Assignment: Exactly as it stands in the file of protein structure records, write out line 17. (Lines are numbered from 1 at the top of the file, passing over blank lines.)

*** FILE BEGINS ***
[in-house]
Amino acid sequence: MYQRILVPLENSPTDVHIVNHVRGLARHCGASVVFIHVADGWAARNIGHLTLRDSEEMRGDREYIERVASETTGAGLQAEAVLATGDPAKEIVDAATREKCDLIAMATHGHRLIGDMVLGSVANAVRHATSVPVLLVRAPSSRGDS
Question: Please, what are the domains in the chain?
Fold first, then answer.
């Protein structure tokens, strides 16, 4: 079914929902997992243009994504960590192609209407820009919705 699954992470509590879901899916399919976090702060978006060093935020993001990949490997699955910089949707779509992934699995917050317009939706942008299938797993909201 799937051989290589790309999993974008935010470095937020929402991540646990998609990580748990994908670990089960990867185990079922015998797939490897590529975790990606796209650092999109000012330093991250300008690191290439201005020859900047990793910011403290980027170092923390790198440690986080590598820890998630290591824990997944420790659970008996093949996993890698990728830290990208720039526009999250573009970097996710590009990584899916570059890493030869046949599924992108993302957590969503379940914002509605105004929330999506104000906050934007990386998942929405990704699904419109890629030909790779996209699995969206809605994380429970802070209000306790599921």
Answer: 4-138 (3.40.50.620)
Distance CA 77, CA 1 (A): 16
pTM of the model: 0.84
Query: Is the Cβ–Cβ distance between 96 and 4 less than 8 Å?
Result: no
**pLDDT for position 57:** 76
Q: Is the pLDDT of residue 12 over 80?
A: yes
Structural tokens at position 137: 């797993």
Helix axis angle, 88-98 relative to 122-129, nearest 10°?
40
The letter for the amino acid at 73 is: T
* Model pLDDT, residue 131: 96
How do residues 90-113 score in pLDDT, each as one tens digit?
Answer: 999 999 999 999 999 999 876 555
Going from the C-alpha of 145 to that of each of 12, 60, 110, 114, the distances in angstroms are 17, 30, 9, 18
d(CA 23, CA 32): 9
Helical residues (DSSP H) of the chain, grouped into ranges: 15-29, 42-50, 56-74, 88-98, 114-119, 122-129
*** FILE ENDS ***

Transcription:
The letter for the amino acid at 73 is: T